2 lines Java using Regex


  • 16

    Regex idea from andrei3's solution.

    public boolean isValidSerialization(String preorder) {
        String s = preorder.replaceAll("\\d+,#,#", "#");
        return s.equals("#") || !s.equals(preorder) && isValidSerialization(s);
    }

  • 0
    K
    This post is deleted!

  • 0
    K

    One-line Python solution considering ord('#') < ord('0'), but not efficient...

    def isValidSerialization(self, preorder):
        return preorder == '#' or re.sub(r'\d+,#,#', '#', preorder) < preorder and self.isValidSerialization(re.sub(r'\d+,#,#', '#', preorder))

  • 0

    Meh, computing the same thing twice is ugly, and long lines needing scrolling are uglier.
    But I like the < :-)

    Using two lines:

    def isValidSerialization(self, preorder):
        s = re.sub('\d+,#,#', '#', preorder)
        return s == '#' or s < preorder and self.isValidSerialization(s)

  • 0
    E

    Nice solution using Regex, but what's the time complexity?


  • 0

    What do you think it is?


  • 0
    E

    It looks like O(n) to me, but I am not very familiar with replaceAll. If replaceAll is of O(n), since every time the string is roughly compressed to half, then it looks like O(n).


  • 0
    F

    worst case O(n^2). The idea is constantly removing leaves and replacing leaves with Null. Take the example, "1#2#3#...n##", basically it's a tree whose internal nodes only have right son. It takes n times isValidSerialization call and each call is O(n) by using replaceAll.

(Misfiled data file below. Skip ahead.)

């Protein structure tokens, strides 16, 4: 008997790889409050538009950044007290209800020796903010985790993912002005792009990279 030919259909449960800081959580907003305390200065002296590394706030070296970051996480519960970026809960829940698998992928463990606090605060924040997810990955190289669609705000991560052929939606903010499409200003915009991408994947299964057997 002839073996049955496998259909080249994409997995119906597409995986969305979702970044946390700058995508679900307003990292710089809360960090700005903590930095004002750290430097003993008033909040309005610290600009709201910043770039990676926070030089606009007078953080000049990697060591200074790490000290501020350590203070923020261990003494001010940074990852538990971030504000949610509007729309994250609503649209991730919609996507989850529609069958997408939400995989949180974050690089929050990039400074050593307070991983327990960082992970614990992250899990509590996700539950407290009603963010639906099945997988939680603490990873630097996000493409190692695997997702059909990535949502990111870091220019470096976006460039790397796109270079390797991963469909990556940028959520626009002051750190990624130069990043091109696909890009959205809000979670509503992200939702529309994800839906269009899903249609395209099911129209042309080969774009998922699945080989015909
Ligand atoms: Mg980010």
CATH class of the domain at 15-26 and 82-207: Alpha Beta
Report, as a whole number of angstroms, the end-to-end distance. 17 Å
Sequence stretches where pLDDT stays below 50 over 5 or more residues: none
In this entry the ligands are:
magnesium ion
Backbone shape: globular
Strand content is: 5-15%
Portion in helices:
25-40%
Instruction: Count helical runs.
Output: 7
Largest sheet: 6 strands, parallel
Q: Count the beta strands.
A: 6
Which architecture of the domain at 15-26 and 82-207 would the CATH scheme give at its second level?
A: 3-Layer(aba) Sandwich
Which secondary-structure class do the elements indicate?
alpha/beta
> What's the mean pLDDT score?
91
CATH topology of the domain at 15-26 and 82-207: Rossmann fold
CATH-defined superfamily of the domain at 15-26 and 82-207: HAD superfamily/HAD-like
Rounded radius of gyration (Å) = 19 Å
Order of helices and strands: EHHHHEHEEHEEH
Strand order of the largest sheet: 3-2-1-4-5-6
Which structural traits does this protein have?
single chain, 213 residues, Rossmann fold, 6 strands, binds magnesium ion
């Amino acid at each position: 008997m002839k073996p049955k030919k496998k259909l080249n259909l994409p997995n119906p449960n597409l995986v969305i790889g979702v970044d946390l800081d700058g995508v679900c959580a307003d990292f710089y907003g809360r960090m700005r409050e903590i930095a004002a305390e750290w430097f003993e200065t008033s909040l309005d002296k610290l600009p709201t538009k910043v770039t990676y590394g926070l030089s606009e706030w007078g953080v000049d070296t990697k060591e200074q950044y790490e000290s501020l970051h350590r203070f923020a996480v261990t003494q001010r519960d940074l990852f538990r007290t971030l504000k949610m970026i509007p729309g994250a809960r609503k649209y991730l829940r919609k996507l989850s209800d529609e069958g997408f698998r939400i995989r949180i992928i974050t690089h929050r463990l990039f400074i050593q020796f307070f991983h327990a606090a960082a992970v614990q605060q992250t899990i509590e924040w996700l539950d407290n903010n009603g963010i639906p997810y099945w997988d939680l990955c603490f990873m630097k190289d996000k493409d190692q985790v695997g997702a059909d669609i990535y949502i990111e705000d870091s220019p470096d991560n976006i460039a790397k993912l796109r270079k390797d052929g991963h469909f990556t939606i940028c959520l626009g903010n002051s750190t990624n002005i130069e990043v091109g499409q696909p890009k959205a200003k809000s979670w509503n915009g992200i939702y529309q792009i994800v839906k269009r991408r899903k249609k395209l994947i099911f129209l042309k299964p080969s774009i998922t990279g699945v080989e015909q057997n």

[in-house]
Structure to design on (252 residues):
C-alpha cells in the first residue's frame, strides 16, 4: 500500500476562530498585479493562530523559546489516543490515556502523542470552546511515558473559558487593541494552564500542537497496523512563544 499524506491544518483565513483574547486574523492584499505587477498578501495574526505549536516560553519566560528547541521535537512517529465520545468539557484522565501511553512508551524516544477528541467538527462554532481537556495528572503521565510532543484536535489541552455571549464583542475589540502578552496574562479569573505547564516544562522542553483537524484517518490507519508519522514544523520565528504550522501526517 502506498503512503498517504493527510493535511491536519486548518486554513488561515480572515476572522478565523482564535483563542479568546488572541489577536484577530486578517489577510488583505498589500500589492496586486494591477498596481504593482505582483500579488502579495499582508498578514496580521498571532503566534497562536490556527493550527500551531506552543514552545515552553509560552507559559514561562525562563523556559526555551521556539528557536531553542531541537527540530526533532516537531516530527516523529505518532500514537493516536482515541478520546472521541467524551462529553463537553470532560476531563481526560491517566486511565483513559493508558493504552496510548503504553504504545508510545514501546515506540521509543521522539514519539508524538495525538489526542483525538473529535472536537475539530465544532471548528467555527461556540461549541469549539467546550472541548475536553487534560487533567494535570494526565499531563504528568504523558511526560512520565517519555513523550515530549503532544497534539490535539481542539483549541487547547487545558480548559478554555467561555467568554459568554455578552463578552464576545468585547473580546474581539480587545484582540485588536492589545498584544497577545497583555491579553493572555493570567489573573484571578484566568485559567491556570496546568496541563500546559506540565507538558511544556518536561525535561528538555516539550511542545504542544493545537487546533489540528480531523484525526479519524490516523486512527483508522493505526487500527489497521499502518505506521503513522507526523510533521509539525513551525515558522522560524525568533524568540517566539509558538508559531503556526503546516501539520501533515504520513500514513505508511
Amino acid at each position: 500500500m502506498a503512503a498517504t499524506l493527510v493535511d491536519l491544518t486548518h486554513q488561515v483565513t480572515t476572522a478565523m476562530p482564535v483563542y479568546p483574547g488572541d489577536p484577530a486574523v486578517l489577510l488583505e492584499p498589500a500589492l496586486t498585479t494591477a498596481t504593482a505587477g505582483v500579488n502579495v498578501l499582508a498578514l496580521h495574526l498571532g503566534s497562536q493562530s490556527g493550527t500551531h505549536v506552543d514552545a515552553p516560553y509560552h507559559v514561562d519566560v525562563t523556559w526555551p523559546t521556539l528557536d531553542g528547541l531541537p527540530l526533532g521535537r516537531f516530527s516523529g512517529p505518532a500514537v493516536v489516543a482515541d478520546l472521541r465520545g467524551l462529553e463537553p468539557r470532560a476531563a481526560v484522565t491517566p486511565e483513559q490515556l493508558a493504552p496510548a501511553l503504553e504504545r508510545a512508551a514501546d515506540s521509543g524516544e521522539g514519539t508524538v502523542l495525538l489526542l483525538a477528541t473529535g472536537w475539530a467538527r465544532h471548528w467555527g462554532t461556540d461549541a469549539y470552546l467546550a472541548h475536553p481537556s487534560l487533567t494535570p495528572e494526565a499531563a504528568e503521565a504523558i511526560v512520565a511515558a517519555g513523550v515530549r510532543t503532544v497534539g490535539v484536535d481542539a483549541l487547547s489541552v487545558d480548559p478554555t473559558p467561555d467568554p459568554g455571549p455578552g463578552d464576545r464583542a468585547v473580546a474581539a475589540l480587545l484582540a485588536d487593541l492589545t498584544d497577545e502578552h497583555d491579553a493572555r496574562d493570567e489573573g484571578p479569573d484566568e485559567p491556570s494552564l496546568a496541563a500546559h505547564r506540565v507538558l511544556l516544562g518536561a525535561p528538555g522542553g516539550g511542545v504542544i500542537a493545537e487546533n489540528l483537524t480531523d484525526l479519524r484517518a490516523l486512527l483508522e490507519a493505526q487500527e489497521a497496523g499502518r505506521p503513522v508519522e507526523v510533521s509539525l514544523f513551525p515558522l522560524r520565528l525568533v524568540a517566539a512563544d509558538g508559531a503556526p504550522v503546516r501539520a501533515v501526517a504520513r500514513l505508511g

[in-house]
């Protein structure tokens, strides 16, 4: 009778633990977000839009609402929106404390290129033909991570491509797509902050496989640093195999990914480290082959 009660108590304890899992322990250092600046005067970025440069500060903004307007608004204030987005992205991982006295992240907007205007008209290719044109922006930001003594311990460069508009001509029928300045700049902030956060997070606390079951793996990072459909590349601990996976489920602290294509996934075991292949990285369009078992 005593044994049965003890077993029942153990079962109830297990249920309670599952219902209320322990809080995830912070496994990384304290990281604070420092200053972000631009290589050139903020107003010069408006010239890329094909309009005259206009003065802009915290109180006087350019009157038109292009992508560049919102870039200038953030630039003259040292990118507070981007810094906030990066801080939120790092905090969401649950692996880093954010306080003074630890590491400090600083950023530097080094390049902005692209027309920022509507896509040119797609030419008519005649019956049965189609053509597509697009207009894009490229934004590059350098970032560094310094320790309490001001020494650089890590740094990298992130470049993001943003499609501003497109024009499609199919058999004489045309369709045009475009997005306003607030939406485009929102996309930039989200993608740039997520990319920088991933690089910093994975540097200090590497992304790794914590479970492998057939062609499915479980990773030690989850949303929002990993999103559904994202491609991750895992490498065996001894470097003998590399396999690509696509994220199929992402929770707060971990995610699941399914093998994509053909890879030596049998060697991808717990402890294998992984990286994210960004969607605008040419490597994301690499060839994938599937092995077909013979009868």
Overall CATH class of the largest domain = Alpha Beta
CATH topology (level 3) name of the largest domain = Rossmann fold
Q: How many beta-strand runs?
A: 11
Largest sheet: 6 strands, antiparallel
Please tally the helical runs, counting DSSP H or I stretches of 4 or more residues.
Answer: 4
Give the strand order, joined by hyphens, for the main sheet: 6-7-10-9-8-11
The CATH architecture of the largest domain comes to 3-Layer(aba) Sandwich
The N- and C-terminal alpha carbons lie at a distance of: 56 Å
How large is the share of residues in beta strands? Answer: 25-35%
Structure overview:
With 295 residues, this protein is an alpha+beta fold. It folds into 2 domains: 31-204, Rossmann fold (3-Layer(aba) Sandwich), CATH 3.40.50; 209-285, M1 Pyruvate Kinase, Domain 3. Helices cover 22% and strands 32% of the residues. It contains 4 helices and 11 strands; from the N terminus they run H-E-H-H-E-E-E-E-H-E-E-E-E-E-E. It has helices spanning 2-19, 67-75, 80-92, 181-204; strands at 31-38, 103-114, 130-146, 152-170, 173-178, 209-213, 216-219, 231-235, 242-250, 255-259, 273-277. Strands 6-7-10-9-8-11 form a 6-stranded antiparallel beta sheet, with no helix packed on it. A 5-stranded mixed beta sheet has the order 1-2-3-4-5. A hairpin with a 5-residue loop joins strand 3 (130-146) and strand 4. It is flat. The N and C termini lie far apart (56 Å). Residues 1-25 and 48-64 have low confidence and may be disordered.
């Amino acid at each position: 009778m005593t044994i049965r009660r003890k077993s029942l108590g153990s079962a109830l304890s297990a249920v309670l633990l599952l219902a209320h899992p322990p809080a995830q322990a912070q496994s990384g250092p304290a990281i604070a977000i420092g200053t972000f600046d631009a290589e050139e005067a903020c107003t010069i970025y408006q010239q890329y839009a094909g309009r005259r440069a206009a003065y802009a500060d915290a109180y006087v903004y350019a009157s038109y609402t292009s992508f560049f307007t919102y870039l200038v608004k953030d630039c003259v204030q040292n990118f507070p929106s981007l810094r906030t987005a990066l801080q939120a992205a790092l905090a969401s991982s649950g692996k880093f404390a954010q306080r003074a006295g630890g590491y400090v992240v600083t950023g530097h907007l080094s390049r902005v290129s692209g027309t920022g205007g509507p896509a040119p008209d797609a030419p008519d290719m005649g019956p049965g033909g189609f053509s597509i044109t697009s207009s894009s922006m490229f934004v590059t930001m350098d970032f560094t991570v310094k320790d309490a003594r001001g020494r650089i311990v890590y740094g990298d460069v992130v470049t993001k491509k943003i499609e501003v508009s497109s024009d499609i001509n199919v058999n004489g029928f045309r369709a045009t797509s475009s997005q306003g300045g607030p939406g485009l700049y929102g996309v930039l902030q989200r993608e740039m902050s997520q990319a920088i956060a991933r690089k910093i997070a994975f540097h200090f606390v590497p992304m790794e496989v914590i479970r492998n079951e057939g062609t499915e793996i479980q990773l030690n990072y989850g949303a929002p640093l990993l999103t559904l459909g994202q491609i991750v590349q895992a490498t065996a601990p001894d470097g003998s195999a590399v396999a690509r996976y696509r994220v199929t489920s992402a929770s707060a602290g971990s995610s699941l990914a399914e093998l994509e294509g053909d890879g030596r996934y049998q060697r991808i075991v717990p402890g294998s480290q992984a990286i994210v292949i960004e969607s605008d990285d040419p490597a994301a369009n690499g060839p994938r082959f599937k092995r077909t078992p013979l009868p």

• 0
    E

    @fetcher It makes sense. Thanks.


  • 0

    @fetcher Yep, only O(n^2), and that example is equivalent to the one I also gave andrei3 :-). I thought about using "(\\d+,#,)+#" which would solve it quickly, but it would still be slow for "always only left child" and I'm guessing also for lots of less simple cases, so I gave up trying to make it fast and just went for making it simple.


  • 0
    A

    Would you point out why the c++ regex is not work?

    bool isValidSerialization(string preorder) {
        regex e("\\d,#,#");
        string test = preorder;
        std::regex_replace(test, e, "#");
        cout << test << endl;
        return test == "#" || (test != preorder && isValidSerialization(test));
    }

  • 0

    @angrybirdRR You're ignoring the result. Do test = regex_replace(test, e, "#");. And add the missing + in the regex.


  • 0
    A

    thanks! works!


  • 0
    C

    I have exactly same idea with you! The only difference is I used iteration. It's concise, but time complexity is not as good as indegree count solution.

    public boolean isValidSerialization(String preorder) {
    if(preorder==null || preorder.isEmpty()) return false;
    while(preorder.matches("(.)\d+,#,#(.)")){
    preorder=preorder.replaceAll("\d+,#,#", "#");
    }
    return preorder.equals("#");
    }


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